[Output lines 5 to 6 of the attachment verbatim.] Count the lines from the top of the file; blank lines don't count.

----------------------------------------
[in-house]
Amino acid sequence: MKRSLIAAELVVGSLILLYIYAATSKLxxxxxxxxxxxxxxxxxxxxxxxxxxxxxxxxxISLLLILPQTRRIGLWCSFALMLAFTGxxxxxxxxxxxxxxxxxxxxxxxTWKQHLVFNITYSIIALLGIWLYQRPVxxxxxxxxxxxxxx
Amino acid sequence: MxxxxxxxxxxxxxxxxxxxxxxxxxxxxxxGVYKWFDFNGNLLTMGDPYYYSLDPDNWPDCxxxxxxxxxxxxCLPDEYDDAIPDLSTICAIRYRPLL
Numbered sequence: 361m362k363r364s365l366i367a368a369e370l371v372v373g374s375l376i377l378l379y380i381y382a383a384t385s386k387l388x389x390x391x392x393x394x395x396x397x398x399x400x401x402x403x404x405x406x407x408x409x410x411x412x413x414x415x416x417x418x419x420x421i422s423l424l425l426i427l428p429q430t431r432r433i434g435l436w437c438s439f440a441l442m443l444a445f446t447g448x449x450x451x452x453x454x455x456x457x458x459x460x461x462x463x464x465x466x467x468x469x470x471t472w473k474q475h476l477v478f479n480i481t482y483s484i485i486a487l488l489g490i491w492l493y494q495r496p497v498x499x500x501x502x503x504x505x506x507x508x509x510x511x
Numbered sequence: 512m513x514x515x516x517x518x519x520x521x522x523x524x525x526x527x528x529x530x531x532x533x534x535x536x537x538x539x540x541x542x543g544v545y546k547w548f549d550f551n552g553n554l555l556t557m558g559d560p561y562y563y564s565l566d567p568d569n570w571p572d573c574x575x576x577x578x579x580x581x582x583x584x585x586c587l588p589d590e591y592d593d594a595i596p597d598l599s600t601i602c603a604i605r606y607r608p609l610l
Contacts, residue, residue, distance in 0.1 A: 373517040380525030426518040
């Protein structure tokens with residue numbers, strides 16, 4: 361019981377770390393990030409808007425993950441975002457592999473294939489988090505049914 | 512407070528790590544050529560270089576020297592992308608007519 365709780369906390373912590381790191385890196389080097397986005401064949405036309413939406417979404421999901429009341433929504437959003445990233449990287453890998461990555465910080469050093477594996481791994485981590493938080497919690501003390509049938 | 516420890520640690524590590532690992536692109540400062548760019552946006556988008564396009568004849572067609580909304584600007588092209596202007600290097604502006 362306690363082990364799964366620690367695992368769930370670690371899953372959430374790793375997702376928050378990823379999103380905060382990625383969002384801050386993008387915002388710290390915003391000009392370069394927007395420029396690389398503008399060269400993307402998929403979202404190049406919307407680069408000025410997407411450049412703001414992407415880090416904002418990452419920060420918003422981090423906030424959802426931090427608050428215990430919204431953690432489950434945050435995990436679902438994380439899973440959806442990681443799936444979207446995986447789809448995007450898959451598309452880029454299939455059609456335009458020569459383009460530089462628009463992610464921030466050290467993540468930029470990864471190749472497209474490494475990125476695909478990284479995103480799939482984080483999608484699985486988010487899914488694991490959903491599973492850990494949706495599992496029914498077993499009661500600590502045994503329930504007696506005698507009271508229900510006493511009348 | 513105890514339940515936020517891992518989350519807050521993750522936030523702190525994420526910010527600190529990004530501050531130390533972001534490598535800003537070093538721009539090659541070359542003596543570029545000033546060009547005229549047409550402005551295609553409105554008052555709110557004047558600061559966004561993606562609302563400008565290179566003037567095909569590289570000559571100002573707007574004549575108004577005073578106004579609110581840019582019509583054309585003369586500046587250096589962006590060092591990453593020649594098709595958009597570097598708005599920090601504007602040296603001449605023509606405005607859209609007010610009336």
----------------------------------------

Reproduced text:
Numbered sequence: 512m513x514x515x516x517x518x519x520x521x522x523x524x525x526x527x528x529x530x531x532x533x534x535x536x537x538x539x540x541x542x543g544v545y546k547w548f549d550f551n552g553n554l555l556t557m558g559d560p561y562y563y564s565l566d567p568d569n570w571p572d573c574x575x576x577x578x579x580x581x582x583x584x585x586c587l588p589d590e591y592d593d594a595i596p597d598l599s600t601i602c603a604i605r606y607r608p609l610l
Contacts, residue, residue, distance in 0.1 A: 373517040380525030426518040